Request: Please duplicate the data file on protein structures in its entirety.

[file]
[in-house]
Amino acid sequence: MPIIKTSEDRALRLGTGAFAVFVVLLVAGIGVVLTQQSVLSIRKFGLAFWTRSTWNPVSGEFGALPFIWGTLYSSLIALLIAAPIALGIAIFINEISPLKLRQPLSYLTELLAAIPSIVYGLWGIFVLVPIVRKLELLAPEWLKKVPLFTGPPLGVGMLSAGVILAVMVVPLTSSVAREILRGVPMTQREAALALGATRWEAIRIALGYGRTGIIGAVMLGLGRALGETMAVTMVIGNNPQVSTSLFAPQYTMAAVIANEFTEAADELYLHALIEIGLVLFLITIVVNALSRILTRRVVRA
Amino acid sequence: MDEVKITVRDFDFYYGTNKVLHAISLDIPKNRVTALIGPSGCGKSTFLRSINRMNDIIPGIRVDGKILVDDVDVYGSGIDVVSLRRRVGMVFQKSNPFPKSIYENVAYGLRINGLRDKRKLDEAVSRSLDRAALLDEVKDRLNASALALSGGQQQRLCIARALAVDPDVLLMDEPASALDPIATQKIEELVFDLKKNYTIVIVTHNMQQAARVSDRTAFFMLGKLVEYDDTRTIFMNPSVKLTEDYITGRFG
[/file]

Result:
[in-house]
Amino acid sequence: MPIIKTSEDRALRLGTGAFAVFVVLLVAGIGVVLTQQSVLSIRKFGLAFWTRSTWNPVSGEFGALPFIWGTLYSSLIALLIAAPIALGIAIFINEISPLKLRQPLSYLTELLAAIPSIVYGLWGIFVLVPIVRKLELLAPEWLKKVPLFTGPPLGVGMLSAGVILAVMVVPLTSSVAREILRGVPMTQREAALALGATRWEAIRIALGYGRTGIIGAVMLGLGRALGETMAVTMVIGNNPQVSTSLFAPQYTMAAVIANEFTEAADELYLHALIEIGLVLFLITIVVNALSRILTRRVVRA
Amino acid sequence: MDEVKITVRDFDFYYGTNKVLHAISLDIPKNRVTALIGPSGCGKSTFLRSINRMNDIIPGIRVDGKILVDDVDVYGSGIDVVSLRRRVGMVFQKSNPFPKSIYENVAYGLRINGLRDKRKLDEAVSRSLDRAALLDEVKDRLNASALALSGGQQQRLCIARALAVDPDVLLMDEPASALDPIATQKIEELVFDLKKNYTIVIVTHNMQQAARVSDRTAFFMLGKLVEYDDTRTIFMNPSVKLTEDYITGRFG